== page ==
8. As you follow the path across farm land you will shortly join the road which leads up to the Cregennen lakes. Once the lakes come into sight the path will veer to the left, off the tarmac road.
9. You are now 800 feet above sea level, and from this point onwards the path will lead over rough heathland with Pared y Cefn Hir on your left and Cregennen lakes on your right. These lakes are owned by the National Trust and are popular for trout fishing. On the right in front of you, you will see Cader Idris. According to the legend this mountain was named after a giant by the name of Idris who lived on the summit. There are numerous legends connected to Cader Idris; perhaps one of the most well-known is that anyone who sleeps on the mountain wakes up either a madman or a poet!
10. You will shortly pass an old farmhouse, Ty’n Llidiart, before joining the tarmac road. Approximately 100 yards along the road you will see the remains of Rehoboth Calvinistic Methodist Chapel. Directly opposite the chapel the path leads down through the woods before re-joining the tarmac road above Kings Youth Hostel.
11. At the end of the tarmac road you will cross the main road (take care when crossing). Walk along the drive which leads to Abergwynant Farm (do not turn left into the farm but continue straight ahead towards the woods).
On approaching the woodland at the end of the drive you will see Plas Abergwynant on the right. This woodland is known as Abergwynant Woods and was formerly part of the mansion’s estate. It was originally a native oak woodland, but during the 1960’s around 80% of the mature trees were cleared with the intention of replacing them with evergreen conifers. By the 1990’s the woodland’s condition was deteriorating, and it was under threat from infestation by Rhododendron ponticum. Rhododendron ponticum is an invasive shrub which spreads rapidly in Snowdonia, shading out native plants. In 1996 a substantial area of the woodland was purchased by the National Park Authority with grant aid from the Heritage Lottery Fund. The Park has since endeavoured to restore this special woodland to its former glory by felling the conifers and planting oak and birch, as well as by managing the spread of Rhododendron ponticum.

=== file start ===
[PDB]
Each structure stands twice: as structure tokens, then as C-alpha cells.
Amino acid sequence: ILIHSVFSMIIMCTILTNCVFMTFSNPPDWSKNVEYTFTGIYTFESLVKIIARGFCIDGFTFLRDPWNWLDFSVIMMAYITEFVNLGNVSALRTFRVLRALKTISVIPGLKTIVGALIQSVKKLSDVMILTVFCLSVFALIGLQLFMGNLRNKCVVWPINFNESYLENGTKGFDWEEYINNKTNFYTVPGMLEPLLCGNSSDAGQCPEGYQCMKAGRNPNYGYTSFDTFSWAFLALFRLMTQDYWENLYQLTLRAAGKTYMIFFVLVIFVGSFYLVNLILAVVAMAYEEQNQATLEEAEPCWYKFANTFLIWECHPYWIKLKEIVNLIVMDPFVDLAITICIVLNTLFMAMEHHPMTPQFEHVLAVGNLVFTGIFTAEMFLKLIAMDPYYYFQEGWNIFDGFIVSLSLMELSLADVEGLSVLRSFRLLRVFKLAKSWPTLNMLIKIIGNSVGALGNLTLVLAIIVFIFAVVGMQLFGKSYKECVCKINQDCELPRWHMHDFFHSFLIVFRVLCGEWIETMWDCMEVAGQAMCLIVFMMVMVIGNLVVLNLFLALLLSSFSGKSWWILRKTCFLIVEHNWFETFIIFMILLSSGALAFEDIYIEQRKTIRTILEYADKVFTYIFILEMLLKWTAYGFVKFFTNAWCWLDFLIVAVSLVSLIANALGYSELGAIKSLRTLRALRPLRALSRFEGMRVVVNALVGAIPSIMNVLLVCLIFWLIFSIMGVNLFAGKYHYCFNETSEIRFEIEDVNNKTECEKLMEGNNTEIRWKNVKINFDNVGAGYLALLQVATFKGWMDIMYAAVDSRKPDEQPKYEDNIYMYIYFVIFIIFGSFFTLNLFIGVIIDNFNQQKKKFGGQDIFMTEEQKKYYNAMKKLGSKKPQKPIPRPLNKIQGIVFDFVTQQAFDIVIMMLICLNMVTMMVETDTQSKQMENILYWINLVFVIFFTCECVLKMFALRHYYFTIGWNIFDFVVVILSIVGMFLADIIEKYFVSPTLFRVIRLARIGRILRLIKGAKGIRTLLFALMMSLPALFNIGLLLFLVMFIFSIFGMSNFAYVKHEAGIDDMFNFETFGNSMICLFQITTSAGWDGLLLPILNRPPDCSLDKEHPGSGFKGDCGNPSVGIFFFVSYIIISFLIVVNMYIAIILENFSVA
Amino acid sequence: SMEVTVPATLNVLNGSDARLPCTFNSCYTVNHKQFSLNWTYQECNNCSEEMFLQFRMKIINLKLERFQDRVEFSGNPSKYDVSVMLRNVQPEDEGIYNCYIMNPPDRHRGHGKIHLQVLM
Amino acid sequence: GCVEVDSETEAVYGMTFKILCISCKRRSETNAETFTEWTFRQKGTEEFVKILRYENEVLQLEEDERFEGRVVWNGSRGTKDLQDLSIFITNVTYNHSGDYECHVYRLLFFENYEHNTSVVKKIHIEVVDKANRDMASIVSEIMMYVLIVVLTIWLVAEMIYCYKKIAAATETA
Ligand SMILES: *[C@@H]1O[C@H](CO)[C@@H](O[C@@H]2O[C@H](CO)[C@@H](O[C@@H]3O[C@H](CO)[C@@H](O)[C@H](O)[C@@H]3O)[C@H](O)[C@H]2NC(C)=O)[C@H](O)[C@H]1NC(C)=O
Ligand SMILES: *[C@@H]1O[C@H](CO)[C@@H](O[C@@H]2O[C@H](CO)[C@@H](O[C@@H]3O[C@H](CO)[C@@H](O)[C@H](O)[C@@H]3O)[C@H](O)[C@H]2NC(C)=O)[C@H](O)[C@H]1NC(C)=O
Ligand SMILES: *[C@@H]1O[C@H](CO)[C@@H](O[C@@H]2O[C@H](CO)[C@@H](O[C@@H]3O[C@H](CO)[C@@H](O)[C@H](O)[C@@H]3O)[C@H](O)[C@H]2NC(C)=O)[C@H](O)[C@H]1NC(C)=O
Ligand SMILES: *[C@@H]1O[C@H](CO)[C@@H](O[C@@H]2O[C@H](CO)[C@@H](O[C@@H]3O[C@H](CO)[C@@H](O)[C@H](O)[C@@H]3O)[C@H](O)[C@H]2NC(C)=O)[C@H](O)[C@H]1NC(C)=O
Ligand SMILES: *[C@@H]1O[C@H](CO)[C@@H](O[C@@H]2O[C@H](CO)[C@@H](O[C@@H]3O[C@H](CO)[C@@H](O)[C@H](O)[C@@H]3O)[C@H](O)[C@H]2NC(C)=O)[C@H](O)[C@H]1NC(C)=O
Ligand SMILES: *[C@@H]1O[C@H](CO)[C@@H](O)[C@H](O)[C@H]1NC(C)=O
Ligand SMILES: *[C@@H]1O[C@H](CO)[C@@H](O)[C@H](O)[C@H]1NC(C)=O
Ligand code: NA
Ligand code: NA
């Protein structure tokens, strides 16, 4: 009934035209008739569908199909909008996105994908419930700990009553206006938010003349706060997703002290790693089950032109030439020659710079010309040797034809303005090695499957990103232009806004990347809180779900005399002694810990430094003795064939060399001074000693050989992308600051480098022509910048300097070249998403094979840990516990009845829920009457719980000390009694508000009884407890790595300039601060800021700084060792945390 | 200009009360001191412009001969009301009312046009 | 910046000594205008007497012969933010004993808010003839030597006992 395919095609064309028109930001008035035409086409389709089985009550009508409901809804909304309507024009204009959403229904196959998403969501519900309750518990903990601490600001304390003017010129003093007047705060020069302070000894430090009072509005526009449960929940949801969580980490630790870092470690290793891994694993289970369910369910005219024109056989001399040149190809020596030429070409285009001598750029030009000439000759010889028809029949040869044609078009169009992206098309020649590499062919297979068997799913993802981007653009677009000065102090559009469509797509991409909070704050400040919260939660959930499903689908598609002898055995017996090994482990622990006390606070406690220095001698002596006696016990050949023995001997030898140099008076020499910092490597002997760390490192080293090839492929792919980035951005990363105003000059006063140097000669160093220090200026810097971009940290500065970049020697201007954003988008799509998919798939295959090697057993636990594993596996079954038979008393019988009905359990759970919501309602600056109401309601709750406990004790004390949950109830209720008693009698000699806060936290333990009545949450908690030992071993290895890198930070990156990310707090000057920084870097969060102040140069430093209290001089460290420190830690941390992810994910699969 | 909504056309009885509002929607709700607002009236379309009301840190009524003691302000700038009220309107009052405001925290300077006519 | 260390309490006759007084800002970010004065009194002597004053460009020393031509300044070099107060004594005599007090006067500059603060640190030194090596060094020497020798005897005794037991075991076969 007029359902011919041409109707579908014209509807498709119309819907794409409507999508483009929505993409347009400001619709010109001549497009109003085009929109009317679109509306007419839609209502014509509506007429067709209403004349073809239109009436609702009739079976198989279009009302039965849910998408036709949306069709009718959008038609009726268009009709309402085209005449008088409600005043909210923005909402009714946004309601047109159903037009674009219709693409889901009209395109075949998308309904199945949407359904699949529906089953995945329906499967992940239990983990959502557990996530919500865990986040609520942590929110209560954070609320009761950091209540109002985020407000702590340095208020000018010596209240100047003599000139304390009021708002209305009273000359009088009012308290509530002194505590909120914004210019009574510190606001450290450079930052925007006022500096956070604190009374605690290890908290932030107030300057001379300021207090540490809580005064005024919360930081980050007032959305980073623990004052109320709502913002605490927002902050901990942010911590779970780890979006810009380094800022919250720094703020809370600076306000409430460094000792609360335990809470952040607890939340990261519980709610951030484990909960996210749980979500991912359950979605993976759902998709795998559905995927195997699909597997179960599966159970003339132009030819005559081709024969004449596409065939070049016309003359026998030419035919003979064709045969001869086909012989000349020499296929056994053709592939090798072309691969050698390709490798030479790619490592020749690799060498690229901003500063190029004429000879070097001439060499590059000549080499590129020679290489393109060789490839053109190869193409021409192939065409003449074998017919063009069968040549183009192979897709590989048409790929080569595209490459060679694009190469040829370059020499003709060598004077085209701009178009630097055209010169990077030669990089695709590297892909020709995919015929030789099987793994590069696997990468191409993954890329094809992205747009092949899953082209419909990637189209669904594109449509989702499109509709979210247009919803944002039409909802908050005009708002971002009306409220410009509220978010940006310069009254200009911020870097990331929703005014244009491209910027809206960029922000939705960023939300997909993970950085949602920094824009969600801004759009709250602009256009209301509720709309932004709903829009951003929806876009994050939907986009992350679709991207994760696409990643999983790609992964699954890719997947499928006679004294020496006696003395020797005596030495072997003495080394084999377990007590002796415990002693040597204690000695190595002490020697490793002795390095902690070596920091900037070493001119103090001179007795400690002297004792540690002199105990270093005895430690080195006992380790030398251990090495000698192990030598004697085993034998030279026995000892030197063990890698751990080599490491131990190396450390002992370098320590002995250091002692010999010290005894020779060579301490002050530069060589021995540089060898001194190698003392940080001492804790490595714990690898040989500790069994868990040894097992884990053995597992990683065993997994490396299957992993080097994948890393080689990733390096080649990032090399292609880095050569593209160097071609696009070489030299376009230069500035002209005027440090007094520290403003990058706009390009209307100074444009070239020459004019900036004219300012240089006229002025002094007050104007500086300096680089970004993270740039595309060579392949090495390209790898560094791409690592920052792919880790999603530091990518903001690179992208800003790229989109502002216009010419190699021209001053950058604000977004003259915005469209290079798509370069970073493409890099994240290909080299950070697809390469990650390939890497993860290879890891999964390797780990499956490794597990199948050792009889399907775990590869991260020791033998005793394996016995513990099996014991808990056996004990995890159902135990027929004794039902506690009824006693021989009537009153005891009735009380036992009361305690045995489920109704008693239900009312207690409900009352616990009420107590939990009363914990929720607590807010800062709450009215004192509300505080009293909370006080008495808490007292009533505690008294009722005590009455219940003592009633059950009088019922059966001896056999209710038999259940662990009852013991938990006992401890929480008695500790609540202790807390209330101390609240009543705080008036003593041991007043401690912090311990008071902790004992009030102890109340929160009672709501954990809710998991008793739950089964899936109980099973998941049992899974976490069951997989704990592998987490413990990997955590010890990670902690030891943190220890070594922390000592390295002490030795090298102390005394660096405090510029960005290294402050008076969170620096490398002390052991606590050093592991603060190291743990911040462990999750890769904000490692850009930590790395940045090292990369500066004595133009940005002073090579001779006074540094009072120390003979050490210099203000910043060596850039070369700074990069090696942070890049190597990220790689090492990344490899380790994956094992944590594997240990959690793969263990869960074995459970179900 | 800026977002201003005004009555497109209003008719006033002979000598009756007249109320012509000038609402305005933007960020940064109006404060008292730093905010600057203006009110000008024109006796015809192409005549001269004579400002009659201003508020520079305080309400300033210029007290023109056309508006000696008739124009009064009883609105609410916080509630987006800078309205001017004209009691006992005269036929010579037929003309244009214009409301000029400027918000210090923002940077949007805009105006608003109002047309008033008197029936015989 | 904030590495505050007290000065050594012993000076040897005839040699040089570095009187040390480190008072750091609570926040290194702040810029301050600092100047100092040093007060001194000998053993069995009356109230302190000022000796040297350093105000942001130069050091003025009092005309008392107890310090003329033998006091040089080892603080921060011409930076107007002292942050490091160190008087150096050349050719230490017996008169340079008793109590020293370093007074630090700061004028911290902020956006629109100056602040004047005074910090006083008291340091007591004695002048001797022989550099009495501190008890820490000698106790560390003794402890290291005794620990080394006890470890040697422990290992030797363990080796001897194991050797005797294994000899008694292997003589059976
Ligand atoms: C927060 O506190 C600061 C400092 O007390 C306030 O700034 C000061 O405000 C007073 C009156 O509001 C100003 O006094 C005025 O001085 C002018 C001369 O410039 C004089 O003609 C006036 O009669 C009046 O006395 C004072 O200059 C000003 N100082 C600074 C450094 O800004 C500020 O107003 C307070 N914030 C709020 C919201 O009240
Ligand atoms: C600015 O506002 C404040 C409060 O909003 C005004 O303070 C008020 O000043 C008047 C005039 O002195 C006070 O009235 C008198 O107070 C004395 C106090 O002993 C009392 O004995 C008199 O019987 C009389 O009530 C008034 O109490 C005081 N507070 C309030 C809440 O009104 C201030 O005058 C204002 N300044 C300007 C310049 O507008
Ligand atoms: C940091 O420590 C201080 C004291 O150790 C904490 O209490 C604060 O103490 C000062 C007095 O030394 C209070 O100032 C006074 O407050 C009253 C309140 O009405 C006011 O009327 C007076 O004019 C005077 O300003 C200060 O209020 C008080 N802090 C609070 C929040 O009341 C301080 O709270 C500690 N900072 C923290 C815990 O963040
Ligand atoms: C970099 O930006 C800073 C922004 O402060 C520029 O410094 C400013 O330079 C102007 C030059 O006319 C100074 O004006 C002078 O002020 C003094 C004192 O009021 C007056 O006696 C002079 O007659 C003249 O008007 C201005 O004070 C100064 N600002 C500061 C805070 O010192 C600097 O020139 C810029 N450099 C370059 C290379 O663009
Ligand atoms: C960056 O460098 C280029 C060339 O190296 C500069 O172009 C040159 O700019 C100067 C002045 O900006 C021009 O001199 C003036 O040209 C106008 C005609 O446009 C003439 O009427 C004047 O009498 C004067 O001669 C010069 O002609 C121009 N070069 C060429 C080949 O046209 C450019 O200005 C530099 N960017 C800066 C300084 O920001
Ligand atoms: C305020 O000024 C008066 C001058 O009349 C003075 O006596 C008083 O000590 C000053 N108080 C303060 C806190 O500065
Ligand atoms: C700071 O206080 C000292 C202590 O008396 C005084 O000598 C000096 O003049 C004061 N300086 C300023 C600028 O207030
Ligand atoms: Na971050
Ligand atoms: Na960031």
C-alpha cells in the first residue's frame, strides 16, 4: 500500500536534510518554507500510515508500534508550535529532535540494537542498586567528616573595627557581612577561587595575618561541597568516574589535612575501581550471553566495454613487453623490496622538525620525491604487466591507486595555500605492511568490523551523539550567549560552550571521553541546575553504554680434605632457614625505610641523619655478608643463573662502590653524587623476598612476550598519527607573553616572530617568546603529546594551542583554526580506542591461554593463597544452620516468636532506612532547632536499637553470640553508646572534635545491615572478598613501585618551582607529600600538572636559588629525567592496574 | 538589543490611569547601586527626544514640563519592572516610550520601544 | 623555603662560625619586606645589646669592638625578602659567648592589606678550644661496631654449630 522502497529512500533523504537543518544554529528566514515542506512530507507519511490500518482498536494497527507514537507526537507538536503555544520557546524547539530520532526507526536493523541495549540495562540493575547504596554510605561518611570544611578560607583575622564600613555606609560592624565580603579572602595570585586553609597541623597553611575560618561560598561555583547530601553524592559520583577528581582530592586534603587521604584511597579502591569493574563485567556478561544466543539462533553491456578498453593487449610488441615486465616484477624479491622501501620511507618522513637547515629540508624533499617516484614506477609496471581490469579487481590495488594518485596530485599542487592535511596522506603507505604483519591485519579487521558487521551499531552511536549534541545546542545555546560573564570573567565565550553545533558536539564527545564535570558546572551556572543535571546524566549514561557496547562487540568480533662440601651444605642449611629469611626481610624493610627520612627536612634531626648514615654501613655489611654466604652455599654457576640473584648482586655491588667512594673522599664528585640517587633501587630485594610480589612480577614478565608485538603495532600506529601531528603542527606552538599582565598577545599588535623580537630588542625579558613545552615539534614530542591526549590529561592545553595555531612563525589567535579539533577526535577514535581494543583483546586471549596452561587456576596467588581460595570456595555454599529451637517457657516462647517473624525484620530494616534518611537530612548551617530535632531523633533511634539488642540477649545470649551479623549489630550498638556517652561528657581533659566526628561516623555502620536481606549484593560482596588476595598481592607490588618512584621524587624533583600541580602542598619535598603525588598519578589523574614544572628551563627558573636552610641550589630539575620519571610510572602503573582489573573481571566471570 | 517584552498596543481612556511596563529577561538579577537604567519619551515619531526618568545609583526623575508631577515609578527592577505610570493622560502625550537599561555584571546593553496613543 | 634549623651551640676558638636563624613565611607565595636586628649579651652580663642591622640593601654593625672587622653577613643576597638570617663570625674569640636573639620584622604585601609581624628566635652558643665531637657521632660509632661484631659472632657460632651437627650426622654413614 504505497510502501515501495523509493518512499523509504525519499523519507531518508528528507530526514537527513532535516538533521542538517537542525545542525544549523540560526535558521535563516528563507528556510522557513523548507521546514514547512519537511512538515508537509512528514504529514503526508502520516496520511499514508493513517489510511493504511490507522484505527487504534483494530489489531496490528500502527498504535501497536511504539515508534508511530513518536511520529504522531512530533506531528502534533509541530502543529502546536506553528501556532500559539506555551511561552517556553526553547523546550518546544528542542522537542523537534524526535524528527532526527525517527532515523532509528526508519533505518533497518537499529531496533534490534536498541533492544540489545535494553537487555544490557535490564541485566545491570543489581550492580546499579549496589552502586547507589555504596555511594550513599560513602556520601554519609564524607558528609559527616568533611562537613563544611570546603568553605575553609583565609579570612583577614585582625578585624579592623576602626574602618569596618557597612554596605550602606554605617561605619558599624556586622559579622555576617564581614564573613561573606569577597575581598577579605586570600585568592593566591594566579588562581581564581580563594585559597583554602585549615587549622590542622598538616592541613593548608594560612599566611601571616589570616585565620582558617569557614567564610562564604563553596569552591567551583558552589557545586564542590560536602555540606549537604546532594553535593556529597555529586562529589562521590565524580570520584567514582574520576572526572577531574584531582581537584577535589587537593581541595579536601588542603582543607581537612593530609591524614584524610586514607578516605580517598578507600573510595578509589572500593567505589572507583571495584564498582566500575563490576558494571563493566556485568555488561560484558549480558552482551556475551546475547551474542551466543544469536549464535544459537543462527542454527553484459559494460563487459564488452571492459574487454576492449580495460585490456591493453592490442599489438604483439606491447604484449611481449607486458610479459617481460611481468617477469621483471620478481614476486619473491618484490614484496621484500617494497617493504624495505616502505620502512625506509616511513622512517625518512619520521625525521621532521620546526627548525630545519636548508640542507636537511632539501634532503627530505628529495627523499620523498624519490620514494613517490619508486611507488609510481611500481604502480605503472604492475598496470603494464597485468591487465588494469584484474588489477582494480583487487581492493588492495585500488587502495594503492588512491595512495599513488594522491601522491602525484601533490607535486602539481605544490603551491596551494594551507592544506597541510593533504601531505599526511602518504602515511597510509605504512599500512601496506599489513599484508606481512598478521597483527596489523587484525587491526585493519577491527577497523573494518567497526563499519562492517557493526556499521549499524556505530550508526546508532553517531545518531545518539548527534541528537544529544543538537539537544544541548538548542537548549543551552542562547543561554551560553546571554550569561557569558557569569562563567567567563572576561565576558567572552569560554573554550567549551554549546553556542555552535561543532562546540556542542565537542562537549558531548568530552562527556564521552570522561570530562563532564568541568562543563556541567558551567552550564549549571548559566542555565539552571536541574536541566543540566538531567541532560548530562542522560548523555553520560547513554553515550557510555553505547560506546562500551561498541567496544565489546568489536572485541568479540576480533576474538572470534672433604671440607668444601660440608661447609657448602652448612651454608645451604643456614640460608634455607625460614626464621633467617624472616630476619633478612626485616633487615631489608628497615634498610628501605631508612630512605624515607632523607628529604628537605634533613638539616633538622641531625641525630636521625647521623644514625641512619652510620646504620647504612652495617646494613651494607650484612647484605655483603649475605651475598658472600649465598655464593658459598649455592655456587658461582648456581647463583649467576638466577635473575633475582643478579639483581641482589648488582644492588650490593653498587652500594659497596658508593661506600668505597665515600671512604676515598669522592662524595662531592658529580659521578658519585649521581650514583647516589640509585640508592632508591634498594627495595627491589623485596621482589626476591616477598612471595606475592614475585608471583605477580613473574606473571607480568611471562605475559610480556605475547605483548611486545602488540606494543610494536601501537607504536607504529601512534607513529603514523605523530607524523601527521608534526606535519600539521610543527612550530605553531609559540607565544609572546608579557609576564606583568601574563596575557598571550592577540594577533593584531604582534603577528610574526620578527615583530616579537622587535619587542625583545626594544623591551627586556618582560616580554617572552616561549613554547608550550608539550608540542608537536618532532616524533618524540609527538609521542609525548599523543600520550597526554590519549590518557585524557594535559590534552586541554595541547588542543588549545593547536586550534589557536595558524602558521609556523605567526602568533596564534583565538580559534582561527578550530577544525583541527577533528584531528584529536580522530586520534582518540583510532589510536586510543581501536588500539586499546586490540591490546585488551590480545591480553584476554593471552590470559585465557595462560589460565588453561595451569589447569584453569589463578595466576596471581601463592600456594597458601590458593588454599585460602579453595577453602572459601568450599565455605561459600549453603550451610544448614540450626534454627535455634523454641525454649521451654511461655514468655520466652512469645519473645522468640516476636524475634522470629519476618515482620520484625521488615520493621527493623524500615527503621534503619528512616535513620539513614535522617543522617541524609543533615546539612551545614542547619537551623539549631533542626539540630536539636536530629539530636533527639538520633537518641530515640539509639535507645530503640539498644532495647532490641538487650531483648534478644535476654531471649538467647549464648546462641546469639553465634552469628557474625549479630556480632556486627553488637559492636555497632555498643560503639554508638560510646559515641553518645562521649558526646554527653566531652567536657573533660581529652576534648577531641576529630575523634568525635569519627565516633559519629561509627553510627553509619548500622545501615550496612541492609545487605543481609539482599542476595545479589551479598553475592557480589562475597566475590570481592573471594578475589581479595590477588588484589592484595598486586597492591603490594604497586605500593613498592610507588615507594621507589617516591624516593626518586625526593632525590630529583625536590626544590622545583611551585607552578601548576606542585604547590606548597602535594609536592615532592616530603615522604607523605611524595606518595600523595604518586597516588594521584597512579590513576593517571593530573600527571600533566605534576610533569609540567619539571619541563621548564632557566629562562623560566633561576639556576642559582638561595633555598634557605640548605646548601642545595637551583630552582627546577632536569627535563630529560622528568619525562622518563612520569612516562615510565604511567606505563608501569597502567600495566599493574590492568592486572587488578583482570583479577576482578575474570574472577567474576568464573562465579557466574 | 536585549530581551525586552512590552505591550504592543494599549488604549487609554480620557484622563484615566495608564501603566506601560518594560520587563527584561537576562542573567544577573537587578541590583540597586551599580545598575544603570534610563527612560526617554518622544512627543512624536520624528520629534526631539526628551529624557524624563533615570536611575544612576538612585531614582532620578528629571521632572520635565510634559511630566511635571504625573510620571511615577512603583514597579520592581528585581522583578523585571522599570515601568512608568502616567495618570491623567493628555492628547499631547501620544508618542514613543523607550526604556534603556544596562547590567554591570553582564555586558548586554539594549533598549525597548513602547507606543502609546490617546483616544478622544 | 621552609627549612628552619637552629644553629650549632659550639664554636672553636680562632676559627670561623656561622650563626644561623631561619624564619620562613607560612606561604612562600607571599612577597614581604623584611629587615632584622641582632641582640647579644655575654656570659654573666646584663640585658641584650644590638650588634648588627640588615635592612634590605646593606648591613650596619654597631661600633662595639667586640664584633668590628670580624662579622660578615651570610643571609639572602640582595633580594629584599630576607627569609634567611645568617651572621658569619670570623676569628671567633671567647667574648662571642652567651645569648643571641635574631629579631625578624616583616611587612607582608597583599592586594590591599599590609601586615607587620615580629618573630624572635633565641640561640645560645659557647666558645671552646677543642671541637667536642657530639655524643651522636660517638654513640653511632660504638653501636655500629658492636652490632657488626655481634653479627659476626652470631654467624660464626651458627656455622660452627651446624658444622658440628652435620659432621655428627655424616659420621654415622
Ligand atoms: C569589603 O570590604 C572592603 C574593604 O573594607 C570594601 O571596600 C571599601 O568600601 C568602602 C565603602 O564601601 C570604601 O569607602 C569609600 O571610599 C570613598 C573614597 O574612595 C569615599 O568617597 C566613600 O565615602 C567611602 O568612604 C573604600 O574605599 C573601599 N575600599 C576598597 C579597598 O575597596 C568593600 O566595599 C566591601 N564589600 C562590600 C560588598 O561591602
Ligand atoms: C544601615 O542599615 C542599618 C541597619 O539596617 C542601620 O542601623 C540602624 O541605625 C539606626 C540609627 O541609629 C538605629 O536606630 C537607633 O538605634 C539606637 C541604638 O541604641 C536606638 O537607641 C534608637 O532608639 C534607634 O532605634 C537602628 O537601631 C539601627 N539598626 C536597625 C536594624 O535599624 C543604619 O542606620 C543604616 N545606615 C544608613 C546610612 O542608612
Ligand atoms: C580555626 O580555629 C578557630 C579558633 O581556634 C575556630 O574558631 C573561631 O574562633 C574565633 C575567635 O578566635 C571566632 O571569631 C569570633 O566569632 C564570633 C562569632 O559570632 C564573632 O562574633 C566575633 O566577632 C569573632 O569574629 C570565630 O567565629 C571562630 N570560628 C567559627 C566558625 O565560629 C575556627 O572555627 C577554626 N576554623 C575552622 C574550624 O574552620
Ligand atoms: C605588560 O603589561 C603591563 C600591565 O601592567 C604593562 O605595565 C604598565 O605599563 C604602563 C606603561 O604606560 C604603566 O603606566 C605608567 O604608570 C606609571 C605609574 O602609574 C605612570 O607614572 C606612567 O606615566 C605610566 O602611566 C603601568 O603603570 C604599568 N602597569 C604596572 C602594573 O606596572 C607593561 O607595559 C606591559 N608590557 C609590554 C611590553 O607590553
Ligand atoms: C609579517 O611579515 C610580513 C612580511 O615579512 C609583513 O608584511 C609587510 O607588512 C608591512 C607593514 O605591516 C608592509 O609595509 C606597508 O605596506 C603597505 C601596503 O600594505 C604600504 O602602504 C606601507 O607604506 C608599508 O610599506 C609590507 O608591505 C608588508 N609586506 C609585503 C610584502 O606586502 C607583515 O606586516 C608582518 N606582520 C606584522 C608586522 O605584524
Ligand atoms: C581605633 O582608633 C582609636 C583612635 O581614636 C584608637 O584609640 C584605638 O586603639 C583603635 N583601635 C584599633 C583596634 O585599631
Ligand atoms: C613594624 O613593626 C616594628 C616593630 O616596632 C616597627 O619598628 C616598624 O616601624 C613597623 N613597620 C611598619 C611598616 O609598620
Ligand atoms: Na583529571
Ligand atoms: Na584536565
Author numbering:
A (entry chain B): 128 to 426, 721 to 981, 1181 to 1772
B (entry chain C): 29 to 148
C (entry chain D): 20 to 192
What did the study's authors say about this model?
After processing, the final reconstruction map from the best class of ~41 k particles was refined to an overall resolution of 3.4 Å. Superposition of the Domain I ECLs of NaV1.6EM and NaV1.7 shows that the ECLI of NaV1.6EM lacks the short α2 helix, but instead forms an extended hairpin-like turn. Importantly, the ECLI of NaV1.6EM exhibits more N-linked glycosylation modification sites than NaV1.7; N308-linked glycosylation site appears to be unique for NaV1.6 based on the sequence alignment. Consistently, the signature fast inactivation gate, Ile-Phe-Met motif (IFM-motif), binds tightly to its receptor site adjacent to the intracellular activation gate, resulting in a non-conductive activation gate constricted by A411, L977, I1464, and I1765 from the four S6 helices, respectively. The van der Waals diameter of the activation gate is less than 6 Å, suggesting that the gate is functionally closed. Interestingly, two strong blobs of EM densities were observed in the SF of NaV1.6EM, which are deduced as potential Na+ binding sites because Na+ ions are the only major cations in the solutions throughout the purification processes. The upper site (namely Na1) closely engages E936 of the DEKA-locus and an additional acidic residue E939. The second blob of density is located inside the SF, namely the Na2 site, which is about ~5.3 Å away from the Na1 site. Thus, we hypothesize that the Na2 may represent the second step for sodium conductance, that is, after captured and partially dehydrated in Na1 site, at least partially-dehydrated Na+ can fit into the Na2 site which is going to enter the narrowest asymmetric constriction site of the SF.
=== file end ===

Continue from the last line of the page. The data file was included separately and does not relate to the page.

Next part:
12. On your left as you walk along the track you will see the remains of a lime kiln. During the 18th and 19th century lime was imported to this site where it was burned in the lime kiln before being spread on agricultural land as a fertilizer.
13. At the end of the track you will join the Mawddach Trail. Take a left turn by the bridge. This is the last section of the route, which will take you back to Arthog car park along the old trackbed of the Great Western railway.
Industry has played a major part in the history of Morfa Mawddach since the 1770s. Ships were built in the estuary’s creeks using timber from nearby oak trees. Sailing boats were also a familiar sight; exporting flannel, slate and bark and importing lime and guano for use on local farms. The remains of the quays can be seen along the estuary today.
14. Approximately two miles along the track you will arrive back at Arthog car park.